Playability Heuristics

Next up in the reading stack is Playability Heuristics for Mobile Games.

Stemming from the literature on usability heuristics, the authors (Korhonen and Koivisto) develop a set of playability heuristics for mobile games. In the paper, they present their motivations for developing these heuristics, the heuristics themselves, and the ‘results’ of their ‘validation’ of these characteristics.

Their heuristics are grouped into three categories: gameplay, mobility, and game usability. Their initial list of heuristics was made up of the following:

  • Don’t waste the player’s time
  • Prepare for interruptions
  • Take other persons into account
  • Follow standard conventions
  • Provide gameplay help
  • Differentiation between device UI and the game UI should be evident
  • Use terms that are familiar to the player
  • Status of the characters and the game should be clearly visible
  • The player should have clear goals
  • Support a wide range of players and playing styles
  • Don’t encourage repetitive and boring tasks

In order to validate these heuristics, six evaluators applied them to a selected application and noted all playability problems that were both covered and not covered by the list of heuristics. The evaluators found 61 playability problems, but 16 of these were not adequately described by one of their heuristics. Thus, the authors expanded their initial set of heuristics into three expanded sublists (one for each ‘category’):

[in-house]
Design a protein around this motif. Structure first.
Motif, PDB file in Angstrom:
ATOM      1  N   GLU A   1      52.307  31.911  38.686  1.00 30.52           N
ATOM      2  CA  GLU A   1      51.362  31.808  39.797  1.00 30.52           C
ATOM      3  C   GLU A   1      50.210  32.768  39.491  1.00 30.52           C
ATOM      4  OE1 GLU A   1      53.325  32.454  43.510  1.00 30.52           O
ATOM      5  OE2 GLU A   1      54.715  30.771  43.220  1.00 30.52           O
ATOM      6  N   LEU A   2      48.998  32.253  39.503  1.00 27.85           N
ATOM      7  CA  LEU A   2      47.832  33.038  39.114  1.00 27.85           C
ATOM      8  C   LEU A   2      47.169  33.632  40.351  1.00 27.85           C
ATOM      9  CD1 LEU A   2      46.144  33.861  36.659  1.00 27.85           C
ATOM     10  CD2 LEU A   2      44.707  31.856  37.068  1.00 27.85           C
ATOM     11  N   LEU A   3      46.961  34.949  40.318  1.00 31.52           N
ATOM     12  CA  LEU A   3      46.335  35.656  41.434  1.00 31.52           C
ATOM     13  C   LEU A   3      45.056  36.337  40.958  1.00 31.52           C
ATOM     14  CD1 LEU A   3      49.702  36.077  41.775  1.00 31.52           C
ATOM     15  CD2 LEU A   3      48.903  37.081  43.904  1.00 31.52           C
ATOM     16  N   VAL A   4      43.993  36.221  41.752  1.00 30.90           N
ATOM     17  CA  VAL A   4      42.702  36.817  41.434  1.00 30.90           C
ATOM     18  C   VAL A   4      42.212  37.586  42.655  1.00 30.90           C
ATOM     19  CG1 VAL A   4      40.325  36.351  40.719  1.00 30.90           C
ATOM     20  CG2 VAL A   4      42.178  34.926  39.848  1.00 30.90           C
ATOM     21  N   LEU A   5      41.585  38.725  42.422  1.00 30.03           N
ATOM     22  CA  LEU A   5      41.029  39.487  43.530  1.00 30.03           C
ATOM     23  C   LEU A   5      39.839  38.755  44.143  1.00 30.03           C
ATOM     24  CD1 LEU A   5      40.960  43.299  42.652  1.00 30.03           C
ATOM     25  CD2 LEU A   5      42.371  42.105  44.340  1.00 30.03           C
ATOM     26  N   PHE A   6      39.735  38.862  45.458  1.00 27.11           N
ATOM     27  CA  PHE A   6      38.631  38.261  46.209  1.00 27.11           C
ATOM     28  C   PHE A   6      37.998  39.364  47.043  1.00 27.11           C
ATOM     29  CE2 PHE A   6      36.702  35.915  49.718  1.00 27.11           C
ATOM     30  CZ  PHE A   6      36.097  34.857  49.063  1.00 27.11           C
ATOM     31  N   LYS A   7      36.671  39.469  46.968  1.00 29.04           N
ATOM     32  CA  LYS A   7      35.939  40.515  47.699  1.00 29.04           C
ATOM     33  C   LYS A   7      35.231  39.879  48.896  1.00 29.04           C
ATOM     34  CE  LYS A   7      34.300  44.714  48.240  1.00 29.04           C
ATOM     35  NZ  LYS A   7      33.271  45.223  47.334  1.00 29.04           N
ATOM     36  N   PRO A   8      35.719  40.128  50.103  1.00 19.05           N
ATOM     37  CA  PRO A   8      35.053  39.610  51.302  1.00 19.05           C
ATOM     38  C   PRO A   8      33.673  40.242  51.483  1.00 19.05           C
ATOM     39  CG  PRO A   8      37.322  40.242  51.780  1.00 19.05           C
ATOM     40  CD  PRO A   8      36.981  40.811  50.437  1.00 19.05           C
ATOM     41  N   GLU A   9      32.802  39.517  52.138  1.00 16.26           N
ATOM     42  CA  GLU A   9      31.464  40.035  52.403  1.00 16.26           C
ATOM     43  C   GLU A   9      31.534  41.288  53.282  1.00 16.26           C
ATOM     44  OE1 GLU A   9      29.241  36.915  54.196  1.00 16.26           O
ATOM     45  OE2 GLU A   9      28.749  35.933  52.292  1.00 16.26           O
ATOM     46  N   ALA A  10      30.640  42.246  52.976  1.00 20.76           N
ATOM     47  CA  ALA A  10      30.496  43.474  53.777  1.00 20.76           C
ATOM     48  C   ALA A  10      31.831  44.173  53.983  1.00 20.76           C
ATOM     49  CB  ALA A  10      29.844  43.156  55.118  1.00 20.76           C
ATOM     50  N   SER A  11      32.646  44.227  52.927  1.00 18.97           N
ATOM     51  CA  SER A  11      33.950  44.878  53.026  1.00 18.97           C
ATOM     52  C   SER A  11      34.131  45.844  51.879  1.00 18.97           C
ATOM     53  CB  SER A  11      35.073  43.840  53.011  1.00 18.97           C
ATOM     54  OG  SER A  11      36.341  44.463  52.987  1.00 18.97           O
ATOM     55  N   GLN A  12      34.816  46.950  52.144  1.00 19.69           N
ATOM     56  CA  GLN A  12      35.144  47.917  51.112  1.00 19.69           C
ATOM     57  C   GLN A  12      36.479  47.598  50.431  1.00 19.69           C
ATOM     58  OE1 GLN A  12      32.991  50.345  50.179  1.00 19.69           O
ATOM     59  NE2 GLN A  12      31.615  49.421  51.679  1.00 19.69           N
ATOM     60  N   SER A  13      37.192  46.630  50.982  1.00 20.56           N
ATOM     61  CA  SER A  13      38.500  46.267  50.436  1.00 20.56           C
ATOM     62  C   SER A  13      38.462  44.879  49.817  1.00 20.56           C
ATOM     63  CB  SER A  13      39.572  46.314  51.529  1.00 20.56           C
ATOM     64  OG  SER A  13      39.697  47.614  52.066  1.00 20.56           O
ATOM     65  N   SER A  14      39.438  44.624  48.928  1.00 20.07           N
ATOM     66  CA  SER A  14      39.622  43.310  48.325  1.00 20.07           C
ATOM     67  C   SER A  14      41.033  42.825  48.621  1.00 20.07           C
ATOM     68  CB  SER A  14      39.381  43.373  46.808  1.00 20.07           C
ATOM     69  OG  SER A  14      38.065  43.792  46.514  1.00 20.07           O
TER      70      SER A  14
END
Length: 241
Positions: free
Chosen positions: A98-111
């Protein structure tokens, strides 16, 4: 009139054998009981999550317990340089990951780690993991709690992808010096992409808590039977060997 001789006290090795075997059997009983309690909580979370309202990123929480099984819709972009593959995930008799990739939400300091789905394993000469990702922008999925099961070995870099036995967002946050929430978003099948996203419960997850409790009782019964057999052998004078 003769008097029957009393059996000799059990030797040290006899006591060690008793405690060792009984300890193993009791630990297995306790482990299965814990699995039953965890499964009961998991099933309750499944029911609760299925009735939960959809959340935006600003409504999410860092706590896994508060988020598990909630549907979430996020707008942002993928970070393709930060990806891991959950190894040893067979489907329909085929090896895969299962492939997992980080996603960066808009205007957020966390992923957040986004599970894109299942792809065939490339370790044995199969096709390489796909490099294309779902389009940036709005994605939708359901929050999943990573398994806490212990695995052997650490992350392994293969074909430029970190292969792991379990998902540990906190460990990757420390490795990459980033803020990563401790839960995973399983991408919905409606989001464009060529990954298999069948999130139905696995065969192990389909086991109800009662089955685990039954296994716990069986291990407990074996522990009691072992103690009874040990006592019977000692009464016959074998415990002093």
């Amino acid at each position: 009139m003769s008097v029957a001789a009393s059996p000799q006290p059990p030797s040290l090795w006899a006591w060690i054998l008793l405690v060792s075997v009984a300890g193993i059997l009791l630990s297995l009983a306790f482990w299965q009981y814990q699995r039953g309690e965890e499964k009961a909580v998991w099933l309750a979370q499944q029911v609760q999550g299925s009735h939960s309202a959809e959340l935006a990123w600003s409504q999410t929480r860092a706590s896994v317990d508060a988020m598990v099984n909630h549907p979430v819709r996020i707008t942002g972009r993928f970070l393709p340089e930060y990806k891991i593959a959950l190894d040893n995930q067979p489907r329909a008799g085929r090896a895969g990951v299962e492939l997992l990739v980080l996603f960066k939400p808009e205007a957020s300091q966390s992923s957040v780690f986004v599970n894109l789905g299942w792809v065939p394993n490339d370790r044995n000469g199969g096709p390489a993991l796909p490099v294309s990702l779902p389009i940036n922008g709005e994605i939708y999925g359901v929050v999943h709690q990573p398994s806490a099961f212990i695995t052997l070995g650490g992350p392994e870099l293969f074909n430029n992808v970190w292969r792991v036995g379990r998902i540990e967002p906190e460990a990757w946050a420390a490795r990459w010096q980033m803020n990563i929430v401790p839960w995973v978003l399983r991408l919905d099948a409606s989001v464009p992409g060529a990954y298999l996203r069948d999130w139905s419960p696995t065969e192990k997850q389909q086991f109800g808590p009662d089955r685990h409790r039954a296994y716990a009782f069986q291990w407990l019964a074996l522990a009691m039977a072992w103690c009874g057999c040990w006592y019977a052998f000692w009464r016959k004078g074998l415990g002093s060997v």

• Game Usability
    • Audio-visual representation supports the game
    • Screen layout is efficient and visually pleasing
    • Device UI and game UI are used for their own purposes
    • Indicators are visible
    • The player understands the terminology
    • Navigation is consistent, logical, and minimalist
    • Control keys are consistent and follow standard conventions
    • Game controls are convenient and flexible
    • The game gives feedback on the player’s actions
    • The player cannot make irreversible errors
    • The player does not have to memorize things unnecessarily
    • The game contains help
  • Mobility
    • The game and play sessions can be started quickly
    • The game accommodates with the surroundings
    • Interruptions are handled reasonably
  • Gameplay
    • The game provides clear goals or supports player- created goals
    • The player sees the progress in the game and can compare the results
    • The players are rewarded and rewards are meaningful
    • The player is in control
    • Challenge, strategy, and pace are in balance
    • The first-time experience is encouraging
    • The game story supports the gameplay and is meaningful
    • There are no repetitive or boring tasks
    • The players can express themselves
    • The game supports different playing styles